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Tuesday, 09 August 2011 17:25

Apple: different strokes for different folks


Does Apple, a quintessentially American company, follow one of the more insidious practices that has occurred on occasion in its country of origin and racially profile those who visit its stores?

That's a question I've been struggling with since last week when I went to my local store, in the suburb of Doncaster in Melbourne, to collect a MacBook that I had handed in a day earlier.

My experiences at the Apple Store have not exactly been salutary but this time, when I went in to obtain an estimate of the repair costs of the MacBook, I had no reason to complain – initially.

The MacBook in question is more than four years old and out of warranty. It keeps requiring re-installation of the operating system and finally the installation got so corrupt that it would not accept an install from the only DVD which came with it, an upgrade to Leopard.

The man who attended to me offered to reinstall the operating system from scratch without any charge even though the machine was out of warranty.

He also went so far as to say that if the hard drive did give any further trouble, then I could install a new drive myself to avoid paying the rather large amount that Apple charges and bring it in to get the operating system reinstalled.

This was on Monday, August 1.

The man also told me that if I was prepared to wait an hour, he would get the OS installed and give me the MacBook right away. Else, he said, he would inform me when it was ready and I could come back at my convenience.

The same afternoon, he called and told me that the job was finished and that I could pick up the MacBook. I replied that I would come in the following morning.

On Tuesday morning, I went to the store to collect my MacBook. There was a small queue and I joined; some of those standing in line had a sheet of white paper, the acknowledgement that the store gives when one hands in hardware for a job.

Each in turn went to the girl at the counter and was waved on to collect their goods, here or there. No great fanfare at all.

But when my turn came I was asked for identity. I must add here that I was the only non-white person standing in the queue.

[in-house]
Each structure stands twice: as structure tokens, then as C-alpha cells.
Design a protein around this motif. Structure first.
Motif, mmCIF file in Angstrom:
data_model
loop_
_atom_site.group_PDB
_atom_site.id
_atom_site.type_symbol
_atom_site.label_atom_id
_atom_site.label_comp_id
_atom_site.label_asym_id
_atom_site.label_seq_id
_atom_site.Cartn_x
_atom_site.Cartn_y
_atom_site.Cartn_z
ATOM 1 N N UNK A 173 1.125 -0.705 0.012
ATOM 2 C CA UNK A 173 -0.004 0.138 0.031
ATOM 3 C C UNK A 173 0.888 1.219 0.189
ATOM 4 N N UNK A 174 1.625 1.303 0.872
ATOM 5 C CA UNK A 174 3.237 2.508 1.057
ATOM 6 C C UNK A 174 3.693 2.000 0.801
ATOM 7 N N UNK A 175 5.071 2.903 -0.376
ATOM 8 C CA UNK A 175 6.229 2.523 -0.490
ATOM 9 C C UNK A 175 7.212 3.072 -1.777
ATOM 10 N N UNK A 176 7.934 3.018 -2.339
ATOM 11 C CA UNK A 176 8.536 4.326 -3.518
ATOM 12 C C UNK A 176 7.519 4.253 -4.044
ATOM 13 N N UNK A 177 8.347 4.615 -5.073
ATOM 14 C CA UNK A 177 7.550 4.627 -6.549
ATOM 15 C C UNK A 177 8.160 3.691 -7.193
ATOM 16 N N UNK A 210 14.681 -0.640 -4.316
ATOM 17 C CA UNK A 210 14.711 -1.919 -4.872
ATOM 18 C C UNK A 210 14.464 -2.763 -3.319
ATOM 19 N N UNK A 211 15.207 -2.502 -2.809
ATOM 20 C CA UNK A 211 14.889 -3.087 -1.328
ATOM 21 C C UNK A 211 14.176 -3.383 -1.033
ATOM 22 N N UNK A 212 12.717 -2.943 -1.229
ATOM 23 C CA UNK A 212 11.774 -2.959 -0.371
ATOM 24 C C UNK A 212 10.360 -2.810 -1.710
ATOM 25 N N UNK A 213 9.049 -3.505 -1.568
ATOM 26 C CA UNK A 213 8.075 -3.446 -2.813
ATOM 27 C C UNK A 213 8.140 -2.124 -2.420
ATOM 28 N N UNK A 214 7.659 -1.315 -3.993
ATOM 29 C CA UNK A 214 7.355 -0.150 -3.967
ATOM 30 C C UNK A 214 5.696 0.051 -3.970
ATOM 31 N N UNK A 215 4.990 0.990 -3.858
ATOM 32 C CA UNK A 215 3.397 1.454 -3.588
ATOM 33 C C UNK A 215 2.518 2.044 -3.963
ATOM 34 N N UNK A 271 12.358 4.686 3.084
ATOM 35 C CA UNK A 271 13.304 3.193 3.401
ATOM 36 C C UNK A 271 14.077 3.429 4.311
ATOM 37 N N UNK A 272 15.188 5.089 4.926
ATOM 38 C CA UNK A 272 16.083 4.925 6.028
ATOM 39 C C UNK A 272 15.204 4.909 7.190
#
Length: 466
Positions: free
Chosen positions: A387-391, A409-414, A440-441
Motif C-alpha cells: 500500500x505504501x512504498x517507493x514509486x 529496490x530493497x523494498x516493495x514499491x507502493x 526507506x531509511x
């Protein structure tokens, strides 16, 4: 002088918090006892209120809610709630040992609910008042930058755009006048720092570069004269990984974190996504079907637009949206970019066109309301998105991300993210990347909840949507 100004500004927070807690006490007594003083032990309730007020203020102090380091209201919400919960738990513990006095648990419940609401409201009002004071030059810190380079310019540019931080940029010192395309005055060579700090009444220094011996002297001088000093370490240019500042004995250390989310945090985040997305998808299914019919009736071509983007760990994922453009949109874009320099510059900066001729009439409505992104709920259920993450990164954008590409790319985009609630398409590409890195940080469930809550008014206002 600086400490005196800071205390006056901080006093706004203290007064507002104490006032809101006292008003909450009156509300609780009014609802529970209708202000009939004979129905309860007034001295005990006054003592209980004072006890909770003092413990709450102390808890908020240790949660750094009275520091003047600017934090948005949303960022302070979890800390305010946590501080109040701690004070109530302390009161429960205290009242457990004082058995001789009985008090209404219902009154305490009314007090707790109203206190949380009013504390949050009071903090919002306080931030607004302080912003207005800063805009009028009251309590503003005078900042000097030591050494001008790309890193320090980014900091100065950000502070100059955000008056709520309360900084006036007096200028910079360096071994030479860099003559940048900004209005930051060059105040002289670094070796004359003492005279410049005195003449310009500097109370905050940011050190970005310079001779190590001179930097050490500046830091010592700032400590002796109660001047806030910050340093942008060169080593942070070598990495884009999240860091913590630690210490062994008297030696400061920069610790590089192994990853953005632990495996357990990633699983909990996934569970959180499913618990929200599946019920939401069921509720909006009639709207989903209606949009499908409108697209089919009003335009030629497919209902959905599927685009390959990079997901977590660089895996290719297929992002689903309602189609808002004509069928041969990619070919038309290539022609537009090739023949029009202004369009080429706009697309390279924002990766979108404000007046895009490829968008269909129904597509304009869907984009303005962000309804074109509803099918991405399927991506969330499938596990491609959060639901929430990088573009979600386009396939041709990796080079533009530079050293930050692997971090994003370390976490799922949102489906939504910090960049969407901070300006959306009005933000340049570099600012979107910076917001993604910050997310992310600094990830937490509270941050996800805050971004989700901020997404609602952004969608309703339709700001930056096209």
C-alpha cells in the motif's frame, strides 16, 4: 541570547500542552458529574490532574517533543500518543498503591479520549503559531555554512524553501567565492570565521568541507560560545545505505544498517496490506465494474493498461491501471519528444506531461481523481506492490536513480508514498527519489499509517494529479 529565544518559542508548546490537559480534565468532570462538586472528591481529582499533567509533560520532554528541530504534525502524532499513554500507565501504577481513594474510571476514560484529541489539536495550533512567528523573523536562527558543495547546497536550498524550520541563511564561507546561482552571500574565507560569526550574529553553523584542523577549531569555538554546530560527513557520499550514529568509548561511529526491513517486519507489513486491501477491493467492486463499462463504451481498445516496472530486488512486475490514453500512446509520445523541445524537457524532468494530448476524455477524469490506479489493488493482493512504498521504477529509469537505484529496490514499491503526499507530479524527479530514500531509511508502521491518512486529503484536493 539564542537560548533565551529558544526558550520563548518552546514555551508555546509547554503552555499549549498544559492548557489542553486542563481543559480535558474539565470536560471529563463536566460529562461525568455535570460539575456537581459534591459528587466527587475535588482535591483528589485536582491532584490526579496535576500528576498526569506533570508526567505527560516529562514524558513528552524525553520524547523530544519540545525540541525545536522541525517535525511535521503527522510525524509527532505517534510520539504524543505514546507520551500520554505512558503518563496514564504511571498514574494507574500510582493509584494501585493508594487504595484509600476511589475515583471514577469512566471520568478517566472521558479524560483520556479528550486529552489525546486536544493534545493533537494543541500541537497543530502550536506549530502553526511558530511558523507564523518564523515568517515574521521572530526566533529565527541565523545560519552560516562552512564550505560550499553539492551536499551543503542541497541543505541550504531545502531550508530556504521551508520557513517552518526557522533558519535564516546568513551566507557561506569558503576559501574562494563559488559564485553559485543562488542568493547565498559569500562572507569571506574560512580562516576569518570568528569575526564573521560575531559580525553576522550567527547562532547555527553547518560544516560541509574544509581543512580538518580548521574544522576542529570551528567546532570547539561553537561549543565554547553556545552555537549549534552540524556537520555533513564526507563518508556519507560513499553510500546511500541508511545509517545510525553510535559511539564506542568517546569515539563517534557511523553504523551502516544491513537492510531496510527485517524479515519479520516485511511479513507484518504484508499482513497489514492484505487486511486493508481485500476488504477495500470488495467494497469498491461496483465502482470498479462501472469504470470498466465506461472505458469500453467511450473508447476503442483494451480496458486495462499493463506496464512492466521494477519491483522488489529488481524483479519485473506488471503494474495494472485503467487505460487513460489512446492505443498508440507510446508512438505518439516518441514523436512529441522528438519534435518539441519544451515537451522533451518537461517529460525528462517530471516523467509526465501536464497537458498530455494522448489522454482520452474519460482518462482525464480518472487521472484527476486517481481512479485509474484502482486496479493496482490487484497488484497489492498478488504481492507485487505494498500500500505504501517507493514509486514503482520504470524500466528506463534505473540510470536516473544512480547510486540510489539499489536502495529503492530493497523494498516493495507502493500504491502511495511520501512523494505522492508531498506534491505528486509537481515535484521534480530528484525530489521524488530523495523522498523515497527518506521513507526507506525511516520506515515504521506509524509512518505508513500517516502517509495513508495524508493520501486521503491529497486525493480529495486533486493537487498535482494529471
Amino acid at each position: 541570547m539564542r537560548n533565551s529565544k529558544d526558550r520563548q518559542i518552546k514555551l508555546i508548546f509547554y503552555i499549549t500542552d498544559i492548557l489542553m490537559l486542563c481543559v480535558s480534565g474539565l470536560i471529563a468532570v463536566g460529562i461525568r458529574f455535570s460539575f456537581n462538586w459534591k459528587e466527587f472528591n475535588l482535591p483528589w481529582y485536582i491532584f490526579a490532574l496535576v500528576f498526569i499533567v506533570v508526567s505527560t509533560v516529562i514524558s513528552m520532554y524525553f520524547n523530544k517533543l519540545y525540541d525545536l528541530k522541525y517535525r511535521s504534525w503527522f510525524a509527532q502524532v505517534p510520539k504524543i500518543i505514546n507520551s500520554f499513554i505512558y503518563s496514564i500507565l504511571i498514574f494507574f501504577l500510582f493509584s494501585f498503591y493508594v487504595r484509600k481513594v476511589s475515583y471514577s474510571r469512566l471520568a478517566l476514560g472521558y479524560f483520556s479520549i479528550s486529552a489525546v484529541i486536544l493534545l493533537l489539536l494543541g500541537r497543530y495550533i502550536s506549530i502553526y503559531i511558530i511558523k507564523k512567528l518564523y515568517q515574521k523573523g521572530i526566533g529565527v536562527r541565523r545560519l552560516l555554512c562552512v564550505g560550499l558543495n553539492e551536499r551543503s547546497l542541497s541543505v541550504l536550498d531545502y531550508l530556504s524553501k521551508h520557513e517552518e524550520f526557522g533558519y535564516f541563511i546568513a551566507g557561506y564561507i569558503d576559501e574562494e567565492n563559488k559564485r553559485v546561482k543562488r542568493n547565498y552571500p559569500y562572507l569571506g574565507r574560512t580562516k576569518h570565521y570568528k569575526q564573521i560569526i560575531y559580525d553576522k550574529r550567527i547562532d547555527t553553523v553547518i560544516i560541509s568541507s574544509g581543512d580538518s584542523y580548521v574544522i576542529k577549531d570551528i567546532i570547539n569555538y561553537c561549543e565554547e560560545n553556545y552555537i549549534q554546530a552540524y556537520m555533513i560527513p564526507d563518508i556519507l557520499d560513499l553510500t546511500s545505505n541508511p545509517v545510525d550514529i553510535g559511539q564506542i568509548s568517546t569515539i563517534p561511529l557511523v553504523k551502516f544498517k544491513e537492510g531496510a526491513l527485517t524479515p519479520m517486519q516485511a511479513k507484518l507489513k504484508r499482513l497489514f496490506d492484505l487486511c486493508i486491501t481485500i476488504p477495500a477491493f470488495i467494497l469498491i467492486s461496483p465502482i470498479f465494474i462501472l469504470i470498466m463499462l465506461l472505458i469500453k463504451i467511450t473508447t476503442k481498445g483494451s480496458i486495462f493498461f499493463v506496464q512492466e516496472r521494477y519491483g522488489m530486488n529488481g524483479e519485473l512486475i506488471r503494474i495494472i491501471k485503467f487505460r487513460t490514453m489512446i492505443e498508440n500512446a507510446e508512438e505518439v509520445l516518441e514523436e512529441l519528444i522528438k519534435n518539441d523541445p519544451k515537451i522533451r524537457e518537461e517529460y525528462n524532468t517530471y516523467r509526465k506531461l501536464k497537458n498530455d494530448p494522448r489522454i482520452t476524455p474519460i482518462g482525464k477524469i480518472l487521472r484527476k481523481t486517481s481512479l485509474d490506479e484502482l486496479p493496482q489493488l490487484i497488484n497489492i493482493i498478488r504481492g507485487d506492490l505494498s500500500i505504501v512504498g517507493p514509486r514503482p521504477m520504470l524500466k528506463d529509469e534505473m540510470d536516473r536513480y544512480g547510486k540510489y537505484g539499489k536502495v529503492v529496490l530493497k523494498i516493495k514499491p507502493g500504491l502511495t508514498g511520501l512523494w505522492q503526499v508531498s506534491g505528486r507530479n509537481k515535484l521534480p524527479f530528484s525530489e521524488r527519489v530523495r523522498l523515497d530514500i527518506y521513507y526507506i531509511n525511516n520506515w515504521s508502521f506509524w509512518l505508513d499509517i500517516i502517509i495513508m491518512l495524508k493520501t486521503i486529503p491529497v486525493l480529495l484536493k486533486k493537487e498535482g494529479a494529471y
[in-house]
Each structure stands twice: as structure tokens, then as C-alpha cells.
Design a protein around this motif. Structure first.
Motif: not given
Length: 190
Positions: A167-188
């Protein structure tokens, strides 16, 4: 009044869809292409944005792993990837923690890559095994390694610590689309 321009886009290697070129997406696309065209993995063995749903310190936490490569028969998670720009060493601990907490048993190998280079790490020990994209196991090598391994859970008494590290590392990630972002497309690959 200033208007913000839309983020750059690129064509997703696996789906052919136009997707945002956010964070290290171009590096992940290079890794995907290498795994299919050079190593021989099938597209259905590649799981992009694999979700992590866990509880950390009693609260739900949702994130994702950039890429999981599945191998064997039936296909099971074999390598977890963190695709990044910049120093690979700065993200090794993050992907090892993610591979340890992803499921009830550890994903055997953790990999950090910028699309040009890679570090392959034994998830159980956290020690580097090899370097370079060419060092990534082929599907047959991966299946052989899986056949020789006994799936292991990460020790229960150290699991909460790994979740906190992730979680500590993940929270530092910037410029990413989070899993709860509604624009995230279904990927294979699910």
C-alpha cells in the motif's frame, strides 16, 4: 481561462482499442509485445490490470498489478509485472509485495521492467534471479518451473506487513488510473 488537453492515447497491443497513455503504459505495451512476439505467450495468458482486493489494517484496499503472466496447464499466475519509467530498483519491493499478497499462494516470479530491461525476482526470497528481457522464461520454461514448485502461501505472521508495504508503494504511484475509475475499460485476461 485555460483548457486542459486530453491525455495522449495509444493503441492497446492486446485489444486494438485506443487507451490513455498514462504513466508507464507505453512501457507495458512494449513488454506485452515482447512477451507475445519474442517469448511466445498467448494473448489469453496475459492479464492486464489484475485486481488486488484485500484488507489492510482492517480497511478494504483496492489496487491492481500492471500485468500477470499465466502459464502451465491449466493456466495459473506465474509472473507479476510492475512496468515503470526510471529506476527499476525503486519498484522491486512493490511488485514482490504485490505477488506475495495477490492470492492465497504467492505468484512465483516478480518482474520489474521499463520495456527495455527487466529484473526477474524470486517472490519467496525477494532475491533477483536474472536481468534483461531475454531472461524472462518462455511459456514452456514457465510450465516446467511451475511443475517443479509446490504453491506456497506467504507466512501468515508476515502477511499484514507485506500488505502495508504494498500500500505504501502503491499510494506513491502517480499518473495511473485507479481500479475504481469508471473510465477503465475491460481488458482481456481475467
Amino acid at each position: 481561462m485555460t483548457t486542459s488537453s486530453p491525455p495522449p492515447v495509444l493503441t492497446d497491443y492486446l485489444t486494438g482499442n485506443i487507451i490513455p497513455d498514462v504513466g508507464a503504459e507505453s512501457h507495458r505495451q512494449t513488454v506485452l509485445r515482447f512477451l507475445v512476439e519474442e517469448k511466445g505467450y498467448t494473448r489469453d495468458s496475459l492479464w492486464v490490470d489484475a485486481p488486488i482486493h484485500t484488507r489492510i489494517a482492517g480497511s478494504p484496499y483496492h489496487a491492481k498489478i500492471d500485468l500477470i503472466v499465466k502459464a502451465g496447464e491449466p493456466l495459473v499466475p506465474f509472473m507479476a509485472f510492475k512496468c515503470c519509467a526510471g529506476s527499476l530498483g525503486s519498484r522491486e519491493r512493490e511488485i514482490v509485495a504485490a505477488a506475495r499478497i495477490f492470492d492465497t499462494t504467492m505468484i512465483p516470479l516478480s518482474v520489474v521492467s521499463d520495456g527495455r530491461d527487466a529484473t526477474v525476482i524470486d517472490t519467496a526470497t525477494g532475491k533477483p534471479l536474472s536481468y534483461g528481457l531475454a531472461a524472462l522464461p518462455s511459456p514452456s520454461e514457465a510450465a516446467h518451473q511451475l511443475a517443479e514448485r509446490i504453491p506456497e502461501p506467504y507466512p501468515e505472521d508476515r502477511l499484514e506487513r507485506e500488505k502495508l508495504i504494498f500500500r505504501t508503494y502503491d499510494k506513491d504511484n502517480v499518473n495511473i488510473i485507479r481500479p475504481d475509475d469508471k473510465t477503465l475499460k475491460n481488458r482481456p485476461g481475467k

It was 9.30am and at that time in the morning I am not a pretty sight. If you go to bed at 5am — that's normal for me — if you are unshaven, if you wear thongs, jeans and a T-shirt, you do stand out from the crowd at a place like the Apple Store.

But in my hands I had the same piece of paper as everyone else. That did not seem to matter.

But I'm a somewhat doughty character. I refused to give any ID and insisted on getting my laptop. Finally, the girl gave in and went and got my hardware. I then asked to see her supervisor.

After some delay, a guy and came over. Surprisingly the last time I had asked to see a supervisor at the store, a white man had been thrust forward. This time the man was of southeast Asian origin.

He asked me what was the matter. I asked him why I alone of all the people there had been asked to provide ID. He started babbling something about it being a policy to ask everyone for ID. Now I prepared to do many things that early in the morning but listening to high-grade BS  is not one of them. I told him so and left the store.

It took me a few days to recover from this blatant discrimination. I then wrote to Apple, asking for their take on what had happened. There are four people who deal with media queries and I sent my query to each and every one of them.

None of them has bothered to even acknowledge my query, leave alone apologise. When one becomes the biggest technology company by capitalisation, there appears to be a certain degree of arrogance that accompanies it. A sense of being able to do anything and get away with it generally follows.

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Sam Varghese

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Sam Varghese has been writing for iTWire since 2006, a year after the site came into existence. For nearly a decade thereafter, he wrote mostly about free and open source software, based on his own use of this genre of software. Since May 2016, he has been writing across many areas of technology. He has been a journalist for nearly 40 years in India (Indian Express and Deccan Herald), the UAE (Khaleej Times) and Australia (Daily Commercial News (now defunct) and The Age). His personal blog is titled Irregular Expression.

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